Lade Inhalt...

The Influence of Training Strategies on Airline Organizational Operations in New Zealand

©2021 Hausarbeit 17 Seiten

Zusammenfassung

This paper addresses the impact of training strategies on airline organizational operations in New Zealand. Airline operations involve numerous departments aiming at a hundred percent on-time performance (OTP) for each flight departure with safety as a non-negotiable condition. Thus, safety training is at the heart of operations and has been incorporated in multiple management systems supported by different departments such as Safety Management System (SMS), Quality Management System (QMS), Security Management System (SeMS), Flight Operations Quality Assurance (FOQA), Environmental Management System (EMS) and Occupational Health Safety Management System (OHSMS). Therefore, the company has adopted an Integrated Airline Safety Management System (IASMS) which outlines the core policies and processes that make up the company group SMS.

Leseprobe

Table of contents

1. Introduction: Description of the Organisational Operation

2. The objectives
2.1.Learning Management System (LMS)
2.2 On-the-job training (OJT)

3. Targeted injuries and illnesses

4. Comparison and contrast of strategies
4.1 SWOT analysis of OJT
4.2 SWOT analysis of LMS
4.3 Instructional Systems Design (ISD)

5. Conclusion: the influence of each strategies on the organisational operation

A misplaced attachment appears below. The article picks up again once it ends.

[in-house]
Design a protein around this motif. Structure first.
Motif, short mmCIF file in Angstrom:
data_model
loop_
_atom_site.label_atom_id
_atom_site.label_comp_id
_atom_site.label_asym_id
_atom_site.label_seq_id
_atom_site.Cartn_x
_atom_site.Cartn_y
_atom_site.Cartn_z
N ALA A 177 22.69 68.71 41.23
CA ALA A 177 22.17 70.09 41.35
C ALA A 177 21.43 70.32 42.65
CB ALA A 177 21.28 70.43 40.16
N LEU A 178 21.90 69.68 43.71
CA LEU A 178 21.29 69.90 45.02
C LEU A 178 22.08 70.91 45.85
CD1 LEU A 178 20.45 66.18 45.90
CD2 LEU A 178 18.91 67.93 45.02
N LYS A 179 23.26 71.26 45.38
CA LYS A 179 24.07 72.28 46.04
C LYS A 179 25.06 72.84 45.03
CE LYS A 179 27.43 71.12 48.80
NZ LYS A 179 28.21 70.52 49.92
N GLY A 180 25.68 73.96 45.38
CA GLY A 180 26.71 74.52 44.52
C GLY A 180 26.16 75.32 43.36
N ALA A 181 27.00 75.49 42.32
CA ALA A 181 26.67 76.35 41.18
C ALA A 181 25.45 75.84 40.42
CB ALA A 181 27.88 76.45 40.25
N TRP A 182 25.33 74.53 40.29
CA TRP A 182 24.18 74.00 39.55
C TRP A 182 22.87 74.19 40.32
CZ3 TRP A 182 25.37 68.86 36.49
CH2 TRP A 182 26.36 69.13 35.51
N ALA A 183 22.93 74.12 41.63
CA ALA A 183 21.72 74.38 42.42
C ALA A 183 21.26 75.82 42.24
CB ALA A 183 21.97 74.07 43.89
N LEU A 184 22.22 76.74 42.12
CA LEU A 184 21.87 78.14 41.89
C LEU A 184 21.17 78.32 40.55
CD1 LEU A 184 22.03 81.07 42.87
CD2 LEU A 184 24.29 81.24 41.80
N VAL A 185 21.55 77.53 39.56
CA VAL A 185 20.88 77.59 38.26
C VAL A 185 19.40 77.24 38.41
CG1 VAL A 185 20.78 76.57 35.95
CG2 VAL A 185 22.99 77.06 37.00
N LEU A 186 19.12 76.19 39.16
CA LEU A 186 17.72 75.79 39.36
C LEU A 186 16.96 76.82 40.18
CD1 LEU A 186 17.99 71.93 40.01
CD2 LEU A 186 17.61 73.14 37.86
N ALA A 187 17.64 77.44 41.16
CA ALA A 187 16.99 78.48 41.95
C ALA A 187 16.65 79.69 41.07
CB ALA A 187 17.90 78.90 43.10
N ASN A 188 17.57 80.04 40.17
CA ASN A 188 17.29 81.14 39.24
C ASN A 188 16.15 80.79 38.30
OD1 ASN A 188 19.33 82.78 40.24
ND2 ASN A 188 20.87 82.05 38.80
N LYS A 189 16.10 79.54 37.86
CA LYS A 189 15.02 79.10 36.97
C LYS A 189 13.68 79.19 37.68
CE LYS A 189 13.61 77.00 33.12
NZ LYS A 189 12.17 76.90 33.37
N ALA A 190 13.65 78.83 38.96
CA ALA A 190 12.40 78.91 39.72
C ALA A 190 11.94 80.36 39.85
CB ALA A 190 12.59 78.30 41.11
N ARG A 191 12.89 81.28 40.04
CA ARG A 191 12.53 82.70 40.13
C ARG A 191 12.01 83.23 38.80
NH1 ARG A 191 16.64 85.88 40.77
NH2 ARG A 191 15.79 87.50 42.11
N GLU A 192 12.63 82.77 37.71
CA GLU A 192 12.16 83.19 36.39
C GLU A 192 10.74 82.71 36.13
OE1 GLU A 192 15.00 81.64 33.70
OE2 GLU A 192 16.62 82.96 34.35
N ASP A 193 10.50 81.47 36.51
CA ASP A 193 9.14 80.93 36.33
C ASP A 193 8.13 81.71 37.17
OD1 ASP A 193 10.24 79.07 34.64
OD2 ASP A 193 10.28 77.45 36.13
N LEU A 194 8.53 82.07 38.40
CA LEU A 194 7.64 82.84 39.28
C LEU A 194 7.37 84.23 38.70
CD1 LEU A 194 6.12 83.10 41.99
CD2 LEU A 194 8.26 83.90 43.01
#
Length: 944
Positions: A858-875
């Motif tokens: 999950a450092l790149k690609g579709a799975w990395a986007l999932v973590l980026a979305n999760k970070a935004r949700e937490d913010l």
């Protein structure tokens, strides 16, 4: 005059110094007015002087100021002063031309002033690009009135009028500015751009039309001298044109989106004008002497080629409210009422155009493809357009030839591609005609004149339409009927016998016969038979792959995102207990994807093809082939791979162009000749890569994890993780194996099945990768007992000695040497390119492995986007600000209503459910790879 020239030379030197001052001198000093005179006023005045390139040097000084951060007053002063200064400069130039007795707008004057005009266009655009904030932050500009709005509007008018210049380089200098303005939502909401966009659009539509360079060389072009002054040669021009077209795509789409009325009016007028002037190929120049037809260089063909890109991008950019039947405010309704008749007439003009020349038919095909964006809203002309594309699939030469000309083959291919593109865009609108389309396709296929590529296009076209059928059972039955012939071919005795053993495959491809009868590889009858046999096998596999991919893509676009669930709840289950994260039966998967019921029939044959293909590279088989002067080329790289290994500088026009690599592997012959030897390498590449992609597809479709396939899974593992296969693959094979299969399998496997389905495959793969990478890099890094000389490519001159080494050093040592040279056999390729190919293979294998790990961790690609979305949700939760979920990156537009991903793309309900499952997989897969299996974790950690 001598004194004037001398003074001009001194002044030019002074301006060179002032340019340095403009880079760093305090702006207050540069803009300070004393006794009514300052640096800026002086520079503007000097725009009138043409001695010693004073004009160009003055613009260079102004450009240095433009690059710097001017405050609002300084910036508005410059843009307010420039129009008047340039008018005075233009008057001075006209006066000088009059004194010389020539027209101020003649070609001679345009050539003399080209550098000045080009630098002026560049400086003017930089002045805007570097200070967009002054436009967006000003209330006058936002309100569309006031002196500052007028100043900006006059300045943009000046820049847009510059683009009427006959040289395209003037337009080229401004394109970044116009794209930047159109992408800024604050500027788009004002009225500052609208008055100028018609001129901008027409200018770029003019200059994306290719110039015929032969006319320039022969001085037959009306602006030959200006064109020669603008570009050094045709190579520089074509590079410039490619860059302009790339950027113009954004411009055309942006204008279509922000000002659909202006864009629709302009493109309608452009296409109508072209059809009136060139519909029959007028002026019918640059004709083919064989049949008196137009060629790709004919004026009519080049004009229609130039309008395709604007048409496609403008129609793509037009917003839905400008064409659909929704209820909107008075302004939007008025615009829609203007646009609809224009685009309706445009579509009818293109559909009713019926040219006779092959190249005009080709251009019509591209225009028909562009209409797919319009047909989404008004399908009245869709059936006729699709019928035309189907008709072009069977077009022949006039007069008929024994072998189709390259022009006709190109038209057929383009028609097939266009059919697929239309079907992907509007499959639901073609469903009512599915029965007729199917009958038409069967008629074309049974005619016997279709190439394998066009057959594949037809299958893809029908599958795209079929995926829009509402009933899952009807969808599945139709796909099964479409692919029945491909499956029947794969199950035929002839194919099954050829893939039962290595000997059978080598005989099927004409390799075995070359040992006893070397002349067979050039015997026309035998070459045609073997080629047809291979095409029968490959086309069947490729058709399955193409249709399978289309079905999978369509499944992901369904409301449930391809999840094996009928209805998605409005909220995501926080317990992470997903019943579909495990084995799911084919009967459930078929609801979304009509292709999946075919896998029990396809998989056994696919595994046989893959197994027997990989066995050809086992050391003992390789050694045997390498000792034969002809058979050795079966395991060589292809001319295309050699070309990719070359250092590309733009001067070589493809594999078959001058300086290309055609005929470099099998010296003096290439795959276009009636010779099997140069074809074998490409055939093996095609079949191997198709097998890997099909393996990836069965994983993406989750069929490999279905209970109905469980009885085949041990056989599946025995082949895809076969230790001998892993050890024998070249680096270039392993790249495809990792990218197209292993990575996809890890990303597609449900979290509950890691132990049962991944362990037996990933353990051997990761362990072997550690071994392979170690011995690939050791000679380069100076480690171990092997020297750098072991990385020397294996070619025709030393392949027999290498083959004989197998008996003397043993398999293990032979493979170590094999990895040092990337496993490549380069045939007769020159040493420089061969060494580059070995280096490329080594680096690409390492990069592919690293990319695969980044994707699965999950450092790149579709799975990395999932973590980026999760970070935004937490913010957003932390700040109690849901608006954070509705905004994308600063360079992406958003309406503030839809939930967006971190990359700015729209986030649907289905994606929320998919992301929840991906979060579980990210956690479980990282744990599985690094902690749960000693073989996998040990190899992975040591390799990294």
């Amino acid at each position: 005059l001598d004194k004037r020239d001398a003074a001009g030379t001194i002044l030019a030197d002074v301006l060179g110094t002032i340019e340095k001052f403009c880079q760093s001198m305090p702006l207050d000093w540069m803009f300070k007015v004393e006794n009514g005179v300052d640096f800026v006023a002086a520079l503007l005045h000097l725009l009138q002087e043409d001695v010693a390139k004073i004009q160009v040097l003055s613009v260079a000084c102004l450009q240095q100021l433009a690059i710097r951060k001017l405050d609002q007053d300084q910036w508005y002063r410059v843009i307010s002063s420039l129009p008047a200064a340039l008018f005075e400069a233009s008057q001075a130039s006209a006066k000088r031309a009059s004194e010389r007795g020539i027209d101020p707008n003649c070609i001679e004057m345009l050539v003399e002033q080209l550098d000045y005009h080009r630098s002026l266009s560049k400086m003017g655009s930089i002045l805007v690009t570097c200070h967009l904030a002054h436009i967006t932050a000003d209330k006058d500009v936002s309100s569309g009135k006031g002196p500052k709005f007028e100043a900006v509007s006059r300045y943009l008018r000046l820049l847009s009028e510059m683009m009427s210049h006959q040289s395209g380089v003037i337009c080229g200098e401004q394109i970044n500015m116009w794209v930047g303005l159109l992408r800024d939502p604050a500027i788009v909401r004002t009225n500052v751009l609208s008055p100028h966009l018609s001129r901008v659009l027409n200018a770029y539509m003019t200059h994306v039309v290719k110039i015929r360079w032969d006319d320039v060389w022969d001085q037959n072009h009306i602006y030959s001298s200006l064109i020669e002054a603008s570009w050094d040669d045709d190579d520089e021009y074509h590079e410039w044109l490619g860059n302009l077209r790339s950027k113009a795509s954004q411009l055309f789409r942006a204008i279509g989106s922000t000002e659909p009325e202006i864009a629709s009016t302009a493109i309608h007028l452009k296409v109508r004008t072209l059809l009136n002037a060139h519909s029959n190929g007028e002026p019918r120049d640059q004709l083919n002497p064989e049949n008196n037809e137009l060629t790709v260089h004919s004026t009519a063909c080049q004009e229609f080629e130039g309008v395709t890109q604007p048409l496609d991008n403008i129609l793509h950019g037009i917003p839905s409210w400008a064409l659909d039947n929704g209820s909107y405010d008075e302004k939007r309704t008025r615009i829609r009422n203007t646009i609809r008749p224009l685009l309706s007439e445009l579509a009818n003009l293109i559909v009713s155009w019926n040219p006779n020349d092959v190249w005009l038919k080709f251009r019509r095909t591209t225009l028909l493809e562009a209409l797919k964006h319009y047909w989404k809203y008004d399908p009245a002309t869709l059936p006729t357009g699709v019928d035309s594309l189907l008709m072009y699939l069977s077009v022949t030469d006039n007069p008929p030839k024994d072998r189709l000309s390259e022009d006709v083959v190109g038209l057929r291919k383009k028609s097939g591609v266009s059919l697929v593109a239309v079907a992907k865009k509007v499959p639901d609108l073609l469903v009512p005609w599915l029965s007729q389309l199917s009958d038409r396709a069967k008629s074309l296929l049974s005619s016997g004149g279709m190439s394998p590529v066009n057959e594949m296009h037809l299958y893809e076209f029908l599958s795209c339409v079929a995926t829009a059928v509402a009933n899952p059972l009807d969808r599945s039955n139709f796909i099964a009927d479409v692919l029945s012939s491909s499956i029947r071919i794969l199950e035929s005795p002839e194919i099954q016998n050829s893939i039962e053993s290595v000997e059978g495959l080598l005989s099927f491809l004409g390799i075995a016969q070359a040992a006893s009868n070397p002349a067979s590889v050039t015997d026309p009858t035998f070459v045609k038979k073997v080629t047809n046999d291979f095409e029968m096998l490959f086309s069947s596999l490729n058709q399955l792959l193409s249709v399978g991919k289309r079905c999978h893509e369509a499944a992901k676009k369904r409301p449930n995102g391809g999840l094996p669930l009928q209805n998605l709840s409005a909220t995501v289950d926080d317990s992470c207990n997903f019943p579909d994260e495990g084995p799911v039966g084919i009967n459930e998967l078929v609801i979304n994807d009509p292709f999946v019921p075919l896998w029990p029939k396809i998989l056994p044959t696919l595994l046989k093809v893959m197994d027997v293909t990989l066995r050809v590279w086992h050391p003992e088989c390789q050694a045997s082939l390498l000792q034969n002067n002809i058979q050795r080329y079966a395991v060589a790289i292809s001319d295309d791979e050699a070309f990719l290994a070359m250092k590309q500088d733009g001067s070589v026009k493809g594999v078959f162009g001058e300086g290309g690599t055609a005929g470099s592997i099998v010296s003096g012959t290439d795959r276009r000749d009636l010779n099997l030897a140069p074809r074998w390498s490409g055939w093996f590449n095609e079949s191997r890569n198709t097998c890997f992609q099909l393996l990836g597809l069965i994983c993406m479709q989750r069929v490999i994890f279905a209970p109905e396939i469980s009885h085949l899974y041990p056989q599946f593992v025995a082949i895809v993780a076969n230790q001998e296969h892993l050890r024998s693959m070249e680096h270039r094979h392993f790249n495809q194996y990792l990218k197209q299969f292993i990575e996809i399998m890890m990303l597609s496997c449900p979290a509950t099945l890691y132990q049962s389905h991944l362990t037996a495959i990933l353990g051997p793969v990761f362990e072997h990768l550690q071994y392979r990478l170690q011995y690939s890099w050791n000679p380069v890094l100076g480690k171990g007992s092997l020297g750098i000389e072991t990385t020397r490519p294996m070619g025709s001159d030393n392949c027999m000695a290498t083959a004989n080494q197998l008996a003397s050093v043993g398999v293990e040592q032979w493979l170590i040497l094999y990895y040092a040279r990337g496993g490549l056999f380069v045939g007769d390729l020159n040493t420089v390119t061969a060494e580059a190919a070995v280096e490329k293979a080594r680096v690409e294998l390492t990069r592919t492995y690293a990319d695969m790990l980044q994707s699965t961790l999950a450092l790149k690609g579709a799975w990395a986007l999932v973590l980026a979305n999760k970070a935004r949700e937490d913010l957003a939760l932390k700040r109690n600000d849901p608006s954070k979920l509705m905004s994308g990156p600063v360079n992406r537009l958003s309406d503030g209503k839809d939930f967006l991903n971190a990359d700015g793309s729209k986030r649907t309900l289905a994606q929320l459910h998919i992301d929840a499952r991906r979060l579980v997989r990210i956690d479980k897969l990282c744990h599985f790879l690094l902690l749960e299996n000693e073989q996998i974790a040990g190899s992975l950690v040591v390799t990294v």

References

1. Introduction: Description of the Organisational Operation

As shown in “figure 1”, airline operations involve numerous departments aiming at a hundred per-cent on-time performance (OTP) for each flight departure with safety as a

Abbildung in dieser Leseprobe nicht enthalten

Figure 1: Employee work groups involved in the flight departure process (Bamber et al., 2013, p. 88)

Thus, safety training is at the heart of operations and has been incorporated in multiple management systems supported by different departments such as Safety Management System (SMS), Quality Management System (QMS), Security Management System (SeMS), Flight Operations Quality Assurance (FOQA), Environmental Management System (EMS) and Occupational Health Safety Management System (OHSMS).

Therefore, the company has adopted an Integrated Airline Safety Management System (IASMS) which outlines the core policies and processes that make up the company group SMS (ICAO, 2008).

In "figure 2", the IASMS is schematised and rests on the four pillars with training be a key element of the safety promotion (Federal Aviation Administration, 2017).

Abbildung in dieser Leseprobe nicht enthalten

Figure 2: The model of IASMS

Besides, the company is a participant in the Accident Compensation Corporation (ACC) Accredited Employer Programme (AEP) and must adhere to AS/NZS4801:2001 which include training amongst the primary requirements to enter the scheme.